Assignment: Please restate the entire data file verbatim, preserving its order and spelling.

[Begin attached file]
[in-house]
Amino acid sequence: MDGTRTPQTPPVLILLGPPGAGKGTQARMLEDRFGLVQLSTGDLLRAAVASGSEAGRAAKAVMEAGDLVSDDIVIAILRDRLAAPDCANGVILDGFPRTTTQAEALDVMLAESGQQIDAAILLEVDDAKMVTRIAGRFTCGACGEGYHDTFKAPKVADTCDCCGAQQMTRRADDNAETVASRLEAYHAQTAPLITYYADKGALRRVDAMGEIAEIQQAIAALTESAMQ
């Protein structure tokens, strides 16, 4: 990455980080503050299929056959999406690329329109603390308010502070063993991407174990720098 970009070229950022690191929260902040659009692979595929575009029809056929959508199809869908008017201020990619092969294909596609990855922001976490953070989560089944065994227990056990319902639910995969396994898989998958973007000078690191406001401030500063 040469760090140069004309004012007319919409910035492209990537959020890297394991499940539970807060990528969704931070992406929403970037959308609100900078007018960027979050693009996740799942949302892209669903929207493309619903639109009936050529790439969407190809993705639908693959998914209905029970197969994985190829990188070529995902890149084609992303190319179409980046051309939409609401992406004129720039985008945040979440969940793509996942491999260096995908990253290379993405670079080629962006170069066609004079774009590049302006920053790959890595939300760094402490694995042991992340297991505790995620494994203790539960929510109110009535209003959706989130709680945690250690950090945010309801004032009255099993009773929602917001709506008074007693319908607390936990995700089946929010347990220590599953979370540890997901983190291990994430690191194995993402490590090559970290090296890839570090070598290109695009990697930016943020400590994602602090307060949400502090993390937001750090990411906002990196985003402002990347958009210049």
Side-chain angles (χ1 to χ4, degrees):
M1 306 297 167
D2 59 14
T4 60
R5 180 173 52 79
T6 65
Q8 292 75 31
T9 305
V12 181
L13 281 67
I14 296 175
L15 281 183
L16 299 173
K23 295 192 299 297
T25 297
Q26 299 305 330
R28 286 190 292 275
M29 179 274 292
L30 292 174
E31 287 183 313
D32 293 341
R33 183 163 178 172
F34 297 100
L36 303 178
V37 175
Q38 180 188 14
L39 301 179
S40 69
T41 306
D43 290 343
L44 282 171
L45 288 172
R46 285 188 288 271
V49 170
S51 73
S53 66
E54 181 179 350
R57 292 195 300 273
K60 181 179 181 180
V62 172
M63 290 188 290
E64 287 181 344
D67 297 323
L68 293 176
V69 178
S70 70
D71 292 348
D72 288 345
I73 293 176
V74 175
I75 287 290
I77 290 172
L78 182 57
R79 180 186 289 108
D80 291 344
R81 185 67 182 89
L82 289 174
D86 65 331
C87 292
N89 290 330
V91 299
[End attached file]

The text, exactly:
[in-house]
Amino acid sequence: MDGTRTPQTPPVLILLGPPGAGKGTQARMLEDRFGLVQLSTGDLLRAAVASGSEAGRAAKAVMEAGDLVSDDIVIAILRDRLAAPDCANGVILDGFPRTTTQAEALDVMLAESGQQIDAAILLEVDDAKMVTRIAGRFTCGACGEGYHDTFKAPKVADTCDCCGAQQMTRRADDNAETVASRLEAYHAQTAPLITYYADKGALRRVDAMGEIAEIQQAIAALTESAMQ
């Protein structure tokens, strides 16, 4: 990455980080503050299929056959999406690329329109603390308010502070063993991407174990720098 970009070229950022690191929260902040659009692979595929575009029809056929959508199809869908008017201020990619092969294909596609990855922001976490953070989560089944065994227990056990319902639910995969396994898989998958973007000078690191406001401030500063 040469760090140069004309004012007319919409910035492209990537959020890297394991499940539970807060990528969704931070992406929403970037959308609100900078007018960027979050693009996740799942949302892209669903929207493309619903639109009936050529790439969407190809993705639908693959998914209905029970197969994985190829990188070529995902890149084609992303190319179409980046051309939409609401992406004129720039985008945040979440969940793509996942491999260096995908990253290379993405670079080629962006170069066609004079774009590049302006920053790959890595939300760094402490694995042991992340297991505790995620494994203790539960929510109110009535209003959706989130709680945690250690950090945010309801004032009255099993009773929602917001709506008074007693319908607390936990995700089946929010347990220590599953979370540890997901983190291990994430690191194995993402490590090559970290090296890839570090070598290109695009990697930016943020400590994602602090307060949400502090993390937001750090990411906002990196985003402002990347958009210049």
Side-chain angles (χ1 to χ4, degrees):
M1 306 297 167
D2 59 14
T4 60
R5 180 173 52 79
T6 65
Q8 292 75 31
T9 305
V12 181
L13 281 67
I14 296 175
L15 281 183
L16 299 173
K23 295 192 299 297
T25 297
Q26 299 305 330
R28 286 190 292 275
M29 179 274 292
L30 292 174
E31 287 183 313
D32 293 341
R33 183 163 178 172
F34 297 100
L36 303 178
V37 175
Q38 180 188 14
L39 301 179
S40 69
T41 306
D43 290 343
L44 282 171
L45 288 172
R46 285 188 288 271
V49 170
S51 73
S53 66
E54 181 179 350
R57 292 195 300 273
K60 181 179 181 180
V62 172
M63 290 188 290
E64 287 181 344
D67 297 323
L68 293 176
V69 178
S70 70
D71 292 348
D72 288 345
I73 293 176
V74 175
I75 287 290
I77 290 172
L78 182 57
R79 180 186 289 108
D80 291 344
R81 185 67 182 89
L82 289 174
D86 65 331
C87 292
N89 290 330
V91 299